Clay Shirky's Writings About the Internet
Domain Names: Memorable, Global, Non-political?May 6, 2002 Everyone understands that something happened to the domain name system in the mid-90s to turn it into a political minefield, with domain name squatters and trademark lawsuits and all the rest of it. It's tempting to believe that if we could identify that something and reverse it, we could return to the relatively placid days prior to ICANN.
Unfortunately, what made domain names contentious was simply that the internet became important, and there's no putting the genie back in that bottle. The legal issues involved actually predate not only ICANN but the DNS itself, going back to the mid-70s and the earliest decision to create memorable aliases for unmemorable IP addresses. Once the original host name system was in place -- IBM.com instead of 184.108.40.206 -- the system was potentially subject to trademark litigation. The legal issues were thus implicit in the DNS from the day it launched; it just took a decade or so for anyone to care enough to hire a lawyer.
There is no easy way to undo this. The fact that ICANN is a political body is not their fault (though the kind of political institution it has become is their fault.) Memorable names create trademark issues. Global namespace requires global oversight. Names that are both memorable and globally unique will therefore require global political oversight. As long as we want names we can remember, and which work unambiguously anywhere in the world, someone somewhere will have to handle the issues that ICANN currently handles.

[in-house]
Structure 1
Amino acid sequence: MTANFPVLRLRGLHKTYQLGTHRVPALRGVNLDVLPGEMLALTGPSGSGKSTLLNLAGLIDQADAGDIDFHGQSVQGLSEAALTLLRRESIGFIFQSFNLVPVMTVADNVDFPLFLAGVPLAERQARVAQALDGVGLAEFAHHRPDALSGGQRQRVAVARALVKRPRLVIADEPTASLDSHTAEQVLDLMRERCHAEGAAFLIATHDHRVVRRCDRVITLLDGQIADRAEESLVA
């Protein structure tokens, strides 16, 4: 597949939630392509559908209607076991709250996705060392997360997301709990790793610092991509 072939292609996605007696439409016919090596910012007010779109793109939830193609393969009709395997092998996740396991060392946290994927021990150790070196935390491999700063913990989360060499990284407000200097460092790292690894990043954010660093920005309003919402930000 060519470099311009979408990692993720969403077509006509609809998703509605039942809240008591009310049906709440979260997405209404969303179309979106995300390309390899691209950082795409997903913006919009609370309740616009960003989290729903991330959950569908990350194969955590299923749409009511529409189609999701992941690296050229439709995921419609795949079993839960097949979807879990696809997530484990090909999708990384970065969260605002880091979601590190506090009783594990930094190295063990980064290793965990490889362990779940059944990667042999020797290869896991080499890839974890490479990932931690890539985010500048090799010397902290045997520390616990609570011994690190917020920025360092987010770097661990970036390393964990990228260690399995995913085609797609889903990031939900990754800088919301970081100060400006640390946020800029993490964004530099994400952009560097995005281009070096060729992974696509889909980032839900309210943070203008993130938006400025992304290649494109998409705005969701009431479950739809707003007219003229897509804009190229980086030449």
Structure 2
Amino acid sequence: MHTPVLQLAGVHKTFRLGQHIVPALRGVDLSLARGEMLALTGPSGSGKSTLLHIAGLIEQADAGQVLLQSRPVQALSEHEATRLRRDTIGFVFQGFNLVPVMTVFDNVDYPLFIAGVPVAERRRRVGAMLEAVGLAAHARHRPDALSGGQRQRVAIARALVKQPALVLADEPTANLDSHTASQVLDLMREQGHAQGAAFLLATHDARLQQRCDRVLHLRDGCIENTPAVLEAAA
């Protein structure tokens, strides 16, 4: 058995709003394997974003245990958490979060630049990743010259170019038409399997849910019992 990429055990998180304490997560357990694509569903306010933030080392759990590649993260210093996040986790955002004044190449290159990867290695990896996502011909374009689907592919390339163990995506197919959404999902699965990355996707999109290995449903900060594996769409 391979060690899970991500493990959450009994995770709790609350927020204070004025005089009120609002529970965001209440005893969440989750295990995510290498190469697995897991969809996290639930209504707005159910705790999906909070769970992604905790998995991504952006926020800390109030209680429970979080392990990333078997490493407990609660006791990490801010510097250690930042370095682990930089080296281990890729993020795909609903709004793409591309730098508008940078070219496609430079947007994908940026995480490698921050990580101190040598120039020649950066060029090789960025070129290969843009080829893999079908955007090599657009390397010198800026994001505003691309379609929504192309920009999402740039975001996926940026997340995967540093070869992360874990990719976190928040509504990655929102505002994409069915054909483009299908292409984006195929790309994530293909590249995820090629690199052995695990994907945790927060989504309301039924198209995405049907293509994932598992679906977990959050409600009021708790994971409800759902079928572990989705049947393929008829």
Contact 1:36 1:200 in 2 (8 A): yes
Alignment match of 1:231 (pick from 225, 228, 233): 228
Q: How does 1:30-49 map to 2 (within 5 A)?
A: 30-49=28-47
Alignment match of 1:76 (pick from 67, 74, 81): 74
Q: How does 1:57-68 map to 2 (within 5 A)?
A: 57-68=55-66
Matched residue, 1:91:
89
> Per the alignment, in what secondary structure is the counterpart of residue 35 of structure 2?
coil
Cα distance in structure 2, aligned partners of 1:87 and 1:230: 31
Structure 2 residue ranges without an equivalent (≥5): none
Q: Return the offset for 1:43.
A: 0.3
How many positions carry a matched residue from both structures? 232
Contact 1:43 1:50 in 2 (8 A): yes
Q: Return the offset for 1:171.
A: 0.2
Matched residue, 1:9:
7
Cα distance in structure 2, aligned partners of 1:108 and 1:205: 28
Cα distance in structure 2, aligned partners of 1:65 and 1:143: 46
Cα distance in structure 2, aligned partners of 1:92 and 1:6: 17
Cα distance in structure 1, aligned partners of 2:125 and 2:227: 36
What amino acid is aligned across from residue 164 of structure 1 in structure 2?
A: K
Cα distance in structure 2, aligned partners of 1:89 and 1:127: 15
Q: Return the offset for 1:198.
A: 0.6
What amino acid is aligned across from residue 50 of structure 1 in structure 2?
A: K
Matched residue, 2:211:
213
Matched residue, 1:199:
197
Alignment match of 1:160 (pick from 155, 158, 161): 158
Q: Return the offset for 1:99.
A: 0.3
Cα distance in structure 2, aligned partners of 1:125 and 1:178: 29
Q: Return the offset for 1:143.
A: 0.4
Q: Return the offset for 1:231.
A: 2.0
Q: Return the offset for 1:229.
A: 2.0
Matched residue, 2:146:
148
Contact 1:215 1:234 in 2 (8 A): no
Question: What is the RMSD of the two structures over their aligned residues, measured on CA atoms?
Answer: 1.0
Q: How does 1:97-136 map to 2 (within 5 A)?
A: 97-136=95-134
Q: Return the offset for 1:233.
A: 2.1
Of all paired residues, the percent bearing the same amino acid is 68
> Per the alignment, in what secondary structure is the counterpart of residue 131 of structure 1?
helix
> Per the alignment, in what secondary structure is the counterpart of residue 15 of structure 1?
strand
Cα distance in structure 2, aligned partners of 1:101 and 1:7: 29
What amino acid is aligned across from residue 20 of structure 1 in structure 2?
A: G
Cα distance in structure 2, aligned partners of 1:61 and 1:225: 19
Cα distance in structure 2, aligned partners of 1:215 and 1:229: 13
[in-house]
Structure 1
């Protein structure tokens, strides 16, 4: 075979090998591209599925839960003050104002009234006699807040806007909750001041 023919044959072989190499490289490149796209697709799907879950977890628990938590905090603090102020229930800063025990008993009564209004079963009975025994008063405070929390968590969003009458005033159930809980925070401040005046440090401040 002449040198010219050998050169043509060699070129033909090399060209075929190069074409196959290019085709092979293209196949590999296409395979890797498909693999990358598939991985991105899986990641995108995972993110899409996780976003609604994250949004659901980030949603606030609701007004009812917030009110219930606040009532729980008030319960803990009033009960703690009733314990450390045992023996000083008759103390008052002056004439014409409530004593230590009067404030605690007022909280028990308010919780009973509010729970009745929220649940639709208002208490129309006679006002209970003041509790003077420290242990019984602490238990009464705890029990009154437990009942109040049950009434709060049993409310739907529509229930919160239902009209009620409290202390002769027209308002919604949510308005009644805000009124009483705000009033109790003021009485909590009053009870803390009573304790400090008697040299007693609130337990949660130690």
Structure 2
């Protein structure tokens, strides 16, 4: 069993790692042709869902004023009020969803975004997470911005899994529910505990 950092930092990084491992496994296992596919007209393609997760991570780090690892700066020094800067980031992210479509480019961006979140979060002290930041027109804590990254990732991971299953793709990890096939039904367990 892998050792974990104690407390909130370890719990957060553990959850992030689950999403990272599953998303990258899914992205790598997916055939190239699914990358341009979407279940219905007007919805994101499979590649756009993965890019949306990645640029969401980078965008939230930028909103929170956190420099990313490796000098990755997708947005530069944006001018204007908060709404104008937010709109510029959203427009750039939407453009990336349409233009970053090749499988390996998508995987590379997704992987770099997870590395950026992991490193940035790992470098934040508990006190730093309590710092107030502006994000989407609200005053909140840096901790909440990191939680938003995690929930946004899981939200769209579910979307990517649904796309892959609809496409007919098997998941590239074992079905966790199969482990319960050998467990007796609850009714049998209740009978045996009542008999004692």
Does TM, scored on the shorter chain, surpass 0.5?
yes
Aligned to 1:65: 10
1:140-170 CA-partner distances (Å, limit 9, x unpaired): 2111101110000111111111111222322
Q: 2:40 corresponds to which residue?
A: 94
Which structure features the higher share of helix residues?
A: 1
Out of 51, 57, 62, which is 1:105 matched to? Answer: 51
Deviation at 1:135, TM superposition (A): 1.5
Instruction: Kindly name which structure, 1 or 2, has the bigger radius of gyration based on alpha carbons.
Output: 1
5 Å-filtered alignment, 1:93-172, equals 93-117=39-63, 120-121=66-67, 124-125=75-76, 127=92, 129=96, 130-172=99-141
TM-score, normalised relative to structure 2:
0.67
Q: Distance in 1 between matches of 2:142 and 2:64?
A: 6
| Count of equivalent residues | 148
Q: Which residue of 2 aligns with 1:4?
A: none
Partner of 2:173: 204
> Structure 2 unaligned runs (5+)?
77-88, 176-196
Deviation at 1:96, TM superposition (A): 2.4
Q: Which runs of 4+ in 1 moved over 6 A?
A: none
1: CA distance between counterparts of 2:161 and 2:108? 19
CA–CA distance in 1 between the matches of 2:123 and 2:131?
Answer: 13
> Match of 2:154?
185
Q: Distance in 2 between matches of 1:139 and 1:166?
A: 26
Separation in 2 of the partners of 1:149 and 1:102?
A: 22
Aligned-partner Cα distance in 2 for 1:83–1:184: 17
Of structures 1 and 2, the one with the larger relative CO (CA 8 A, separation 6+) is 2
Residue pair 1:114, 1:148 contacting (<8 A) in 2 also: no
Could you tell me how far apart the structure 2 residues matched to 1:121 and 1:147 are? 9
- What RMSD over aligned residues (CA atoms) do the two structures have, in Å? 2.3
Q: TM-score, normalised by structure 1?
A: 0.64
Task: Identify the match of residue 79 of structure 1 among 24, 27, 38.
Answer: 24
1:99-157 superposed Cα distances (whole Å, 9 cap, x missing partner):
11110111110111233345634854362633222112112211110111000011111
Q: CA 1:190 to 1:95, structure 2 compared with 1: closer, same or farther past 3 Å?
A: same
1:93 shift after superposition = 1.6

Safety in Numbers
One reaction to the inevitable legal trouble with memorable names is simply to do away with memorable names. In this scenario, ICANN would only be responsible for assigning handles, unique IDs devoid of any real meaning. (The most articulate of these proposals is Bob Frankston's "Safe Haven" approach.) [http://www.frankston.com/public/essays/DNSSafeHaven.asp]
In practice, this would mean giving a web site a meaningless but unique numerical address. Like a domain name today, it would be globally unambiguous, but unlike today's domain names, such an address would not be memorable, as people are bad at remembering numbers, and terrible at remembering long numbers.
Though this is a good way to produce URLs free from trademark, we don't need a new domain to do this. Anyone can register unmemorable numeric URLs today -- whois says 294753904578.com, for example, is currently available. Since this is already possible, such a system wouldn't free us from trademark issues, because whenever systems with numerical addresses grow popular (e.g. Compuserve or ICQ), users demand memorable aliases, to avoid dealing with horrible addresses like firstname.lastname@example.org. Likewise, the DNS was designed to manage memorable names, not merely unique handles, and creating a set of non-memorable handles simply moves the issue of memorable names to a different part of the system. It doesn't make the issue go away.
Another set of proposals would do away with globally unique aspect of domain names. Instead of awarding a single firm the coveted .com address, a search for ACME would yield several different matches, which the user would then pick from. This is analogous to a Google search on ACME, but one where none of the matches had a memorable address of their own.
The ambiguity in such a system would make it impossible to automate business-to-business connections using the names of the businesses themselves. These addresses would also fail the 'side of the bus' test, where a user seeing a simple address like IBM.com on a bus or a business card (or hearing it over the phone or the radio) could go to a browser and type it in. Instead, there would be a market for third-parties who resolve name->address mappings.